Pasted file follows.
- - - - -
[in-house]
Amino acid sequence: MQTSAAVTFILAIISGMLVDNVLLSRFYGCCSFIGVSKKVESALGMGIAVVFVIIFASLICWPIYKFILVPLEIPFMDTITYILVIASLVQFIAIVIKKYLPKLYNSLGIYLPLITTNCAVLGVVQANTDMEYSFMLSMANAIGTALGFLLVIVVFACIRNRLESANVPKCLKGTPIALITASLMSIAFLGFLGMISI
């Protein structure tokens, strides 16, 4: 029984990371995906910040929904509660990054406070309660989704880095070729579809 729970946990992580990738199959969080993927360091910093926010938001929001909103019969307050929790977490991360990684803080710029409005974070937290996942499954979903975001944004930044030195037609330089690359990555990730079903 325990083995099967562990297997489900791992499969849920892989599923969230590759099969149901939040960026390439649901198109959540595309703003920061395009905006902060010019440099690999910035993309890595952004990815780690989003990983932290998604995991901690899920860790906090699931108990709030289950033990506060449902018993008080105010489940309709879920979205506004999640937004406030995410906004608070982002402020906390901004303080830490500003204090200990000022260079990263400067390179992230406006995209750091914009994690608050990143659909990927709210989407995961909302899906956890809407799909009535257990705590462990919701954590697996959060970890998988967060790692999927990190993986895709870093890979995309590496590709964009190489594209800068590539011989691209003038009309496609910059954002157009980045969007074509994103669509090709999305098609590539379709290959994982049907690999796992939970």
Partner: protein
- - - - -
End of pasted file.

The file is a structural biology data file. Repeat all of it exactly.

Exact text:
[in-house]
Amino acid sequence: MQTSAAVTFILAIISGMLVDNVLLSRFYGCCSFIGVSKKVESALGMGIAVVFVIIFASLICWPIYKFILVPLEIPFMDTITYILVIASLVQFIAIVIKKYLPKLYNSLGIYLPLITTNCAVLGVVQANTDMEYSFMLSMANAIGTALGFLLVIVVFACIRNRLESANVPKCLKGTPIALITASLMSIAFLGFLGMISI
């Protein structure tokens, strides 16, 4: 029984990371995906910040929904509660990054406070309660989704880095070729579809 729970946990992580990738199959969080993927360091910093926010938001929001909103019969307050929790977490991360990684803080710029409005974070937290996942499954979903975001944004930044030195037609330089690359990555990730079903 325990083995099967562990297997489900791992499969849920892989599923969230590759099969149901939040960026390439649901198109959540595309703003920061395009905006902060010019440099690999910035993309890595952004990815780690989003990983932290998604995991901690899920860790906090699931108990709030289950033990506060449902018993008080105010489940309709879920979205506004999640937004406030995410906004608070982002402020906390901004303080830490500003204090200990000022260079990263400067390179992230406006995209750091914009994690608050990143659909990927709210989407995961909302899906956890809407799909009535257990705590462990919701954590697996959060970890998988967060790692999927990190993986895709870093890979995309590496590709964009190489594209800068590539011989691209003038009309496609910059954002157009980045969007074509994103669509090709999305098609590539379709290959994982049907690999796992939970």
Partner: protein